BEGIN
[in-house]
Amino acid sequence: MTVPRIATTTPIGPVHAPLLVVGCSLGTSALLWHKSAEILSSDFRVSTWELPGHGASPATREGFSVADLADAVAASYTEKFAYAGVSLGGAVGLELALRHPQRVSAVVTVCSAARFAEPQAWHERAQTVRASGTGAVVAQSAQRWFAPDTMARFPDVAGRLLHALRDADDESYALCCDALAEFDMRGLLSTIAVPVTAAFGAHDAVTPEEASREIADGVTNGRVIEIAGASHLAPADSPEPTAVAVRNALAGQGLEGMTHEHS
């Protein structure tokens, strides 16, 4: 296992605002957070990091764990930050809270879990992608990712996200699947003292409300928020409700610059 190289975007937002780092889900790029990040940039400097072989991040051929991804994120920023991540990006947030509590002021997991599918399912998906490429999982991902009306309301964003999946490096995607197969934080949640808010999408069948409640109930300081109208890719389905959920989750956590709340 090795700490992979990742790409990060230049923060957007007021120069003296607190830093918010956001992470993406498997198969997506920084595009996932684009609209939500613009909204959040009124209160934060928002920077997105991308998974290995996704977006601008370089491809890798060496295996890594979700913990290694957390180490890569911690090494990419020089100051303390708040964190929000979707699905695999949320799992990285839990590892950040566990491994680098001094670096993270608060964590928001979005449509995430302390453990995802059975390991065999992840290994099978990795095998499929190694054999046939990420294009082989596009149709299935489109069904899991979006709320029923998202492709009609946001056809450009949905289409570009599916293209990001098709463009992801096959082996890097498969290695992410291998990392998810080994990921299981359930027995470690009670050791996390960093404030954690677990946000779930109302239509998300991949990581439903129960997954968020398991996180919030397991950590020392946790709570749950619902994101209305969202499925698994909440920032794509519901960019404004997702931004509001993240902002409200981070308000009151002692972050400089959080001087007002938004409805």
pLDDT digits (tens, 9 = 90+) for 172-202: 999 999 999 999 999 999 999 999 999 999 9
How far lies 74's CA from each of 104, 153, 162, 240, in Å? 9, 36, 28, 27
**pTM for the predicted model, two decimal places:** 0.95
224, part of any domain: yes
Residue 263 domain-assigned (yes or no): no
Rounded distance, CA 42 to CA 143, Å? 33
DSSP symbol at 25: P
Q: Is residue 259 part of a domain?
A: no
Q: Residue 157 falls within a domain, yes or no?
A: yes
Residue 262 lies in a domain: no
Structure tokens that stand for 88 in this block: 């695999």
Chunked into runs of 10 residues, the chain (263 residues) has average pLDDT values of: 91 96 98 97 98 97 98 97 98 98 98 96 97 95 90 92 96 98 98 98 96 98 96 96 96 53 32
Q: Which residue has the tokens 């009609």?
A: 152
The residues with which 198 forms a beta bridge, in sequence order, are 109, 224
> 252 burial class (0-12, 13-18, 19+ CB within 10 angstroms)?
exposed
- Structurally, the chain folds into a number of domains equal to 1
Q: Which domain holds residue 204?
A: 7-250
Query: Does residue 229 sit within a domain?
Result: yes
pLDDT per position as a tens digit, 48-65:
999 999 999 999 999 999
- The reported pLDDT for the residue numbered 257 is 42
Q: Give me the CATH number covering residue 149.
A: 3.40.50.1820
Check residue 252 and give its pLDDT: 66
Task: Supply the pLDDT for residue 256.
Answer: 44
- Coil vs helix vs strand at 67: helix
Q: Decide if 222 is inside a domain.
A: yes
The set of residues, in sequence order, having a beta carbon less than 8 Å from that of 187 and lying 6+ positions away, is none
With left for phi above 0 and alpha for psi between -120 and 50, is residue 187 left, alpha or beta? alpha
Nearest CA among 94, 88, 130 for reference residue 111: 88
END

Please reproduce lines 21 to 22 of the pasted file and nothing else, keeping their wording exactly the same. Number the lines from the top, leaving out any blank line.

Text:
> 252 burial class (0-12, 13-18, 19+ CB within 10 angstroms)?
exposed